Since the 1960s, there has been growing awareness regarding the issue of domestic violence as a form of violence against women, which has been largely influenced by the work of feminist activist and scholars in North America and Europe (Dobash and Dobash 1992). Other terms have been used to describe the same phenomenon, including domestic abuse, spousal abuse, wife battering, marital violence, intimate partner violence. Though there is no doubt that this problem has existed for much more than five decades, the tendency to label it as ‘private matters’ or ‘marital disagreements’ has obscured the reality of women living with abuse in their home.
At a general level, domestic violence can be defined as the means used by a man in order to assert his control and domination over his intimate partner, whether they are married or not (Mullender 1996). It can involve incidents of physical and sexual violence, as well as verbal, psychological and financial abuse. Though some of its manifestations may be associated with particular cultural or religious groups – e.g. forced marriage and honour killing in South-Asian communities – domestic violence affects women from all classes and backgrounds.
As a social problem, domestic violence is a gendered phenomenon that is mostly perpetrated by men towards their female partners – though some men may experience abuse at the hands of their female partners and domestic violence can be present in same-sex relationships. While recent statistics have suggested similar rates of domestic violence towards men and women, these studies present methodological issues and therefore provide and partial and erroneous view of the phenomenon. Indeed, strong research evidence demonstrates that women experience more frequent and severe violence, and suffer more injuries as a result of the violence. In addition, women are more likely to fear for their lives and to be killed by their intimate partners.
There are therefore significant consequences for women who have experienced domestic violence. Indeed, domestic violence affects women’s safety and well-being, as well as their physical and mental health. Isolation is also an important feature of women’s experiences of abuse, and some groups of women are particularly vulnerable to isolation and violence – e.g. disabled women, women with precarious immigration status, and women who do not speak the dominant language in the country they live.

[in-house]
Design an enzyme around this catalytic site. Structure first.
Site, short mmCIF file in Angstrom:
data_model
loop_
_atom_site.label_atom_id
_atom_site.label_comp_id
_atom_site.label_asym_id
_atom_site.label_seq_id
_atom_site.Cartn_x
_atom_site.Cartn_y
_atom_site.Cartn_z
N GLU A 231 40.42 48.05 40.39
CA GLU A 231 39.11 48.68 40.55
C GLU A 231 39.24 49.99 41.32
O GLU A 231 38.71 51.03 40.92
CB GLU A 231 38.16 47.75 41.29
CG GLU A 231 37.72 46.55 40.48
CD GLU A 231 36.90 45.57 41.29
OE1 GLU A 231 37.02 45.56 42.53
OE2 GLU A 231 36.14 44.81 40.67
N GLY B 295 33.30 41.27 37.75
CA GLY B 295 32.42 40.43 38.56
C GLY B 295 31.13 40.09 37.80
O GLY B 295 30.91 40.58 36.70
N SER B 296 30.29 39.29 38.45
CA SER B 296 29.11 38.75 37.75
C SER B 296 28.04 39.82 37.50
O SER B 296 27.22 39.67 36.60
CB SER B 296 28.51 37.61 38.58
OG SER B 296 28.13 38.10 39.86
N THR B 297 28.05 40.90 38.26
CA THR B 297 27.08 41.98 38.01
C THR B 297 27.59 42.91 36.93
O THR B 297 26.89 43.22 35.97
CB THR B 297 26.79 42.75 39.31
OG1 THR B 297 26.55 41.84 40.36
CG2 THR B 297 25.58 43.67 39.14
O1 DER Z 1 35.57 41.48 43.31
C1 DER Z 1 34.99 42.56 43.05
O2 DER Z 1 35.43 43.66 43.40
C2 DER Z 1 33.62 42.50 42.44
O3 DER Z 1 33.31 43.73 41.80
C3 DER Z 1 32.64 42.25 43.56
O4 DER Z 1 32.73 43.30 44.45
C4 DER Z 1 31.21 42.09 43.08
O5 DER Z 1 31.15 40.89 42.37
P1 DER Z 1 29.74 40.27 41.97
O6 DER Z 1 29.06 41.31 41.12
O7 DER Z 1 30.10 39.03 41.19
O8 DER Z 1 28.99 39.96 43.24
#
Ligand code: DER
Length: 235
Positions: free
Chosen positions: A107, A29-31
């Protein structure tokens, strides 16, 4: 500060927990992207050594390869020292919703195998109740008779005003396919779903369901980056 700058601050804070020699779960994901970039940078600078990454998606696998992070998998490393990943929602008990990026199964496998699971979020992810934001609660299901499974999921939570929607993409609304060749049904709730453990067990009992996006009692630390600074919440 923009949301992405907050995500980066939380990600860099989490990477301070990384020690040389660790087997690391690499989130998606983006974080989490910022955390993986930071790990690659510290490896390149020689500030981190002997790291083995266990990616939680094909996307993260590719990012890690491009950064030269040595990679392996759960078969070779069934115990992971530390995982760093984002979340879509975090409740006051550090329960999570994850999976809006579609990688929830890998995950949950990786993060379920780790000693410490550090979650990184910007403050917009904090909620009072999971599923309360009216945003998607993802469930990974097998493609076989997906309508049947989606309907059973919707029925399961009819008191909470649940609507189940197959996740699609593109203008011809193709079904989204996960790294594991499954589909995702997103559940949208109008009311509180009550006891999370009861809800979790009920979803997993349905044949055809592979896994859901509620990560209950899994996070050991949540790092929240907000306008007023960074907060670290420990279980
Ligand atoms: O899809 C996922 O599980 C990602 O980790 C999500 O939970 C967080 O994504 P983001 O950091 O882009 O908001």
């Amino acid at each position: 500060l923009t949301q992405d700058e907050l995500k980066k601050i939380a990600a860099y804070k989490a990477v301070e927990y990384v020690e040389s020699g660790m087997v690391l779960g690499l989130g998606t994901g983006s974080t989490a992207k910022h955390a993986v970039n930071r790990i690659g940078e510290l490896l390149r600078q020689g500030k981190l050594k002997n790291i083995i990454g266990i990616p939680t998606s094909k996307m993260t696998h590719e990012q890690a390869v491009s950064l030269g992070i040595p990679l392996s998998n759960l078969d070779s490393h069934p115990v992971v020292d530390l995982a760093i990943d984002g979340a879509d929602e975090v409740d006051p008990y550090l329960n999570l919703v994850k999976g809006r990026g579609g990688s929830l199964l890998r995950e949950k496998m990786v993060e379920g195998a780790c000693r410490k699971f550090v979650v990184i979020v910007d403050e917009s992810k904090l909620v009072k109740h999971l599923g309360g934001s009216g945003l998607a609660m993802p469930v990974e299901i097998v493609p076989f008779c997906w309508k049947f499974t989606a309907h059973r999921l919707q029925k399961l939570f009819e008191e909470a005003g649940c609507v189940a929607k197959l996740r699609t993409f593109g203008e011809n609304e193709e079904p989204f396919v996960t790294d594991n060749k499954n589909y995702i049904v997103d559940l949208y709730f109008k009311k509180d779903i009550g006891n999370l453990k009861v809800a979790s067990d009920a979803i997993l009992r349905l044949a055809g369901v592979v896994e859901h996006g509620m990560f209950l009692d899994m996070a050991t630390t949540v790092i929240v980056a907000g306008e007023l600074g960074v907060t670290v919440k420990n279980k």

While domestic violence has long been seen as an ‘adult’ problem, there is now growing recognition that it also affects children who are exposed to the abuse of their mothers (Hester et al. 2007). Over the last two decades, research has emphasised the short-term and long-term consequences of exposure de to domestic violence, particularly on the children’s development and functioning. In contrast, limited work has focused on children’s and young people’s perspectives on domestic violence (Mullender et al. 2002).
Critical Placements and Perspectives
Over the last four decades, there has been growing social awareness of domestic violence as a problem affecting both women and children, and social workers have been instrumental in the implementation of politicise and practices in this field (Mullender 1996). However, there has been a patchy and uneven recognition and understanding of the issue in health and social care agencies.
In most countries, there is no state agency specialised in working with women who live with domestic violence. In this context, refuges and outreach services, generally feminist-based community organisations, have provided assistance and support to a large number of abused women and their children. These organisations may not always have sufficient long-term financial resources, but given the recognition that some of the manifestations of violence may be associated with particular groups it might be necessary to further develop specialised services for women from back and minority ethnic communities.
The growing awareness that children are also affected by the abuse of their mothers has lead to the recognition of children’s exposure to domestic violence as a child welfare matter. This has lead to the development of policies and practices that aim at protecting and supporting these children. However, child protection social workers have been criticised for blaming women for their partners’ violence, while failing to engage with men and challenge their abusive behaviours.
Furthermore, in order to tackle this social problem it appears necessary to develop policies and practices that engage with male perpetrators, but also to design prevention programmes.
Dobash, R. E. and Dobash, R.P. 1992: Women, Violence and Social Change. London: Routledge.
Hester, M., Pearson, C. and Harwin, N. 2007: Making an Impact: Children and Domestic Violence. A Reader. Second Edition. London: Jessica Kingsley.
Mullender, A. 1996: Rethinking Domestic Violence. The Social Work and Probation Response. London: Routledge.
Mullender, A., Hague, G., Imam, U., Kelly, L., Malos, E. and Regan, L. 2002: Children’s Perspectives on Domestic Violence. London: Sage.
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